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Similarities Between Leukemia and AIDS Discovered

Similarities Between Leukemia and AIDS Discovered

August 24, 2015

Medical Research, Press Releases

Breakthrough Could Be Key to Finding Clinical Solution that Prevents HIV and Destroys the Virus

Researchers at Ben-Gurion University of the Negev (BGU) have made a significant breakthrough, discovering similarities between Leukemia and HIV that might hold the key to developing a clinical solution to prevent and destroy the virus.

“Similar to what happens with the HIV virus when it enters a chronic state, reproduction mechanisms control the expression of the genes responsible for hematopoietic STEM cells – the first cells that develop,” says Dr. Ran Taube, of BGU’s Shraga Segal Department of Microbiology and Immunology.

“This research is based on the assumption that damage to the mechanisms of expression and reproduction of the viral genome is responsible for the accumulation of the latent HIV virus and leads to the chronic disease condition.”

Dr. Taube’s team, in collaboration with Dr. Uri Rubio of Soroka University Medical Center, is seeking innovative ways to “wake up” the virus from its silent active state, while at the same time applying anti-retrovirals to essentially eradicate the virus completely.

“Until now, the medical community researchers had very limited information on the existence of a connection between AIDS, caused by the HIV virus, and a rare blood cancer, known as Mixed Lineage Leukemia (MLL),” explains Dr. Taube.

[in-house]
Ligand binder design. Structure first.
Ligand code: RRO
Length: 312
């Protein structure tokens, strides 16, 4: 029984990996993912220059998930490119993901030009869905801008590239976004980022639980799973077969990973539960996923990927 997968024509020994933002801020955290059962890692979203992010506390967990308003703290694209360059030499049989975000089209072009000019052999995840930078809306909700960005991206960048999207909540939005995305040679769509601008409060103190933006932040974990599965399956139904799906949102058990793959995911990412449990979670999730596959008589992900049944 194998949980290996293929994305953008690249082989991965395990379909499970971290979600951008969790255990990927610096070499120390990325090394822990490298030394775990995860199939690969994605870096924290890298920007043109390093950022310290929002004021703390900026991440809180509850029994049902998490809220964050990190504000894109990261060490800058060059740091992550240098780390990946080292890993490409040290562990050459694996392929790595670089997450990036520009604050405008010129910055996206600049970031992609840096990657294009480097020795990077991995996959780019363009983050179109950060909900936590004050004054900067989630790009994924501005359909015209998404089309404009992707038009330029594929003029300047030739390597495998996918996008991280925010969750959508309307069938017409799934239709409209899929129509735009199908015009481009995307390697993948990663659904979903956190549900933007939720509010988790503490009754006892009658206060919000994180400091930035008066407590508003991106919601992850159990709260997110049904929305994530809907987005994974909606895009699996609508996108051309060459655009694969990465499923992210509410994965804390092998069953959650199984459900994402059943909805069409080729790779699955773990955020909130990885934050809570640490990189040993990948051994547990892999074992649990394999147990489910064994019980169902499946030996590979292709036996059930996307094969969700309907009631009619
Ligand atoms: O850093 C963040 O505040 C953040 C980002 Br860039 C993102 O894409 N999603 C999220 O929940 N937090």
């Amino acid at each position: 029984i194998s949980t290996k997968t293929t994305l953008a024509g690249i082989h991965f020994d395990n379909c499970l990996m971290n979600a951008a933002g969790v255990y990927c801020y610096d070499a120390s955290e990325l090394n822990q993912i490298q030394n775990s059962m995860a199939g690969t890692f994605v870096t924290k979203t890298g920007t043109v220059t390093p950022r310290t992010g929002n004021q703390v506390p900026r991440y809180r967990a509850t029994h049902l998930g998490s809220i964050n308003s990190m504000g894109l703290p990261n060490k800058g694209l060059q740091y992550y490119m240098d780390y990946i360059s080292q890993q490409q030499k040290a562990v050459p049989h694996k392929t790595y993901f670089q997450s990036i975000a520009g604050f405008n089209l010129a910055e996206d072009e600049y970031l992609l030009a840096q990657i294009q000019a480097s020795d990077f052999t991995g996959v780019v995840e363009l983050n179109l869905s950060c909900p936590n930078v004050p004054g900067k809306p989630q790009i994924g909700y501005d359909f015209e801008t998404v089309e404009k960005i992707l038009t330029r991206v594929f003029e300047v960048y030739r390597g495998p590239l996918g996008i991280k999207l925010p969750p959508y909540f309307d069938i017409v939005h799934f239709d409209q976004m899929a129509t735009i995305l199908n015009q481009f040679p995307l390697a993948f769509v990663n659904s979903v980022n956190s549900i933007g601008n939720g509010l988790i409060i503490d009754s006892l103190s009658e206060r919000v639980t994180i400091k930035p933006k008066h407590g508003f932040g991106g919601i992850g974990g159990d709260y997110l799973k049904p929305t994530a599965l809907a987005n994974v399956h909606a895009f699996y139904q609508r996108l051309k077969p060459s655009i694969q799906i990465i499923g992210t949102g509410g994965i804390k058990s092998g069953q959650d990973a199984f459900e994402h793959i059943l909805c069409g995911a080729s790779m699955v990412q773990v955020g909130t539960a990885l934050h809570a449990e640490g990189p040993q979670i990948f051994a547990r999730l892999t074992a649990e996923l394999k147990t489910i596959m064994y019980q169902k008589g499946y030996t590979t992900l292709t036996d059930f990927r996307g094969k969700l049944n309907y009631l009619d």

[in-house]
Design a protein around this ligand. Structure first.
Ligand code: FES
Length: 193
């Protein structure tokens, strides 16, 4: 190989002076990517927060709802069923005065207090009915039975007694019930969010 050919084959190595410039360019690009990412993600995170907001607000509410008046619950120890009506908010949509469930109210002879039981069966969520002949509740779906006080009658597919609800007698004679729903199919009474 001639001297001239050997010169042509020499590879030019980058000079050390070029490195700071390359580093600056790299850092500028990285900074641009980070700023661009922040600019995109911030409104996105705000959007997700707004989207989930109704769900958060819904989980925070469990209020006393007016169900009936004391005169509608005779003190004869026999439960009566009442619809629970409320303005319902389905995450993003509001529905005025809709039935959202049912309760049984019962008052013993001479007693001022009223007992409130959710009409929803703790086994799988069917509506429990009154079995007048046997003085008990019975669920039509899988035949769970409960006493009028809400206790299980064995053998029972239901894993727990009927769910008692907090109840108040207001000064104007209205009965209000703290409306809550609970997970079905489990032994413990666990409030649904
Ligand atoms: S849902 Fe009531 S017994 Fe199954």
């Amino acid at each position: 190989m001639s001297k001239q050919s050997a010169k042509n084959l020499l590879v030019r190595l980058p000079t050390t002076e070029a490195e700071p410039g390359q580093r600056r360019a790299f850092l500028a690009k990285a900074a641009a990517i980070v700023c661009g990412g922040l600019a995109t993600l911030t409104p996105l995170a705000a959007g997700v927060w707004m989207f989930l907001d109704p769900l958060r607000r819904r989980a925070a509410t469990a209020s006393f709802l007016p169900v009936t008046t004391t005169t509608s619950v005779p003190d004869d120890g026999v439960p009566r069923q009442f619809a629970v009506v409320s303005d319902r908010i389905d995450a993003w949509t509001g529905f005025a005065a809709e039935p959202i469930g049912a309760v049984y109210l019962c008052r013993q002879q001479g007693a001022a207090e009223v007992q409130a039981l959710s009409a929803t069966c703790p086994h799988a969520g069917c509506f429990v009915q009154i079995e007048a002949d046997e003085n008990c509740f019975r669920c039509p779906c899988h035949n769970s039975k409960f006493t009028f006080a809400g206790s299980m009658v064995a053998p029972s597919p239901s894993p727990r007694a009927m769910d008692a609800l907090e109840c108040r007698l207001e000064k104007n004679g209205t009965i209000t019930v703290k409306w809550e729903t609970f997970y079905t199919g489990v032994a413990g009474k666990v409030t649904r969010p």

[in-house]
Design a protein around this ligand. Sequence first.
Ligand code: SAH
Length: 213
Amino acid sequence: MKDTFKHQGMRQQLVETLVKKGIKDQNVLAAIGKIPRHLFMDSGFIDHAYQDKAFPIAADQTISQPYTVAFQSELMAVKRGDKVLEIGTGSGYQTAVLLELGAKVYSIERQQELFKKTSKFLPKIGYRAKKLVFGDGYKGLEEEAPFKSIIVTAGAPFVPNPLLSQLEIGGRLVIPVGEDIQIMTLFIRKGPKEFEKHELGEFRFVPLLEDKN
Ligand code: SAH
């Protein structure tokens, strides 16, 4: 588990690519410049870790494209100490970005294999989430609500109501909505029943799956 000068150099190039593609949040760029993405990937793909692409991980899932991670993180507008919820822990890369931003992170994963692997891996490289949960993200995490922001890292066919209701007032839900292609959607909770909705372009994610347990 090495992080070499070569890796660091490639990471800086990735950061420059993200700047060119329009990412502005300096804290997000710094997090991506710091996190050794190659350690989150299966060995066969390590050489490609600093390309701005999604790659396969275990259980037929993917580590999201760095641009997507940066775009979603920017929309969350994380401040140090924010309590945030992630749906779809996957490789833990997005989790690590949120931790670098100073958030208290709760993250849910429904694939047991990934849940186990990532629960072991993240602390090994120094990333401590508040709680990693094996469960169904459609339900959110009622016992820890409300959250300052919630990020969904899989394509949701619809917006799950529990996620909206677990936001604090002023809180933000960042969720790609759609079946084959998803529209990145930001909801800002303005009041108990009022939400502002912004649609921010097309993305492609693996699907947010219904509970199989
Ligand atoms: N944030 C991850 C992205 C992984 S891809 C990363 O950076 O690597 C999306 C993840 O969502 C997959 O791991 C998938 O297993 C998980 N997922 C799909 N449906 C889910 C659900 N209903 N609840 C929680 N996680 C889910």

“MLL, found mostly in children, hinders blood system cell development.” Dr. Taube’s research detects mechanisms of action that are similar to the development of the blood cancer MLL.

Although, in recent years, AIDS has been effectively treated with anti-retroviral medications, these do not prevent infections, so their efficacy is limited. Also, there are a small number of inactive, latent viral particles found in the body that are not affected by the anti-retroviral drugs. These viruses are hidden in the body, can effectively avoid the immune response, and at any moment can multiply and infect new cells.

There is still no vaccine and no treatment has been found to prevent the spread of the HIV virus and the number of people who are infected with the virus continues to rise each year.

The study was funded in part by the American Leukemia Research Foundation.

About American Associates, Ben-Gurion University of the Negev

American Associates, Ben-Gurion University of the Negev (AABGU) plays a vital role in sustaining David Ben-Gurion’s vision: creating a world-class institution of education and research in the Israeli desert, nurturing the Negev community and sharing the University’s expertise locally and around the globe. As Ben-Gurion University of the Negev (BGU) looks ahead to turning 50 in 2020, AABGU imagines a future that goes beyond the walls of academia. It is a future where BGU invents a new world and inspires a vision for a stronger Israel and its next generation of leaders. Together with supporters, AABGU will help the University foster excellence in teaching, research and outreach to the communities of the Negev for the next 50 years and beyond. Visit vision.aabgu.org to learn more.

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Andrew Lavin
A. Lavin Communications
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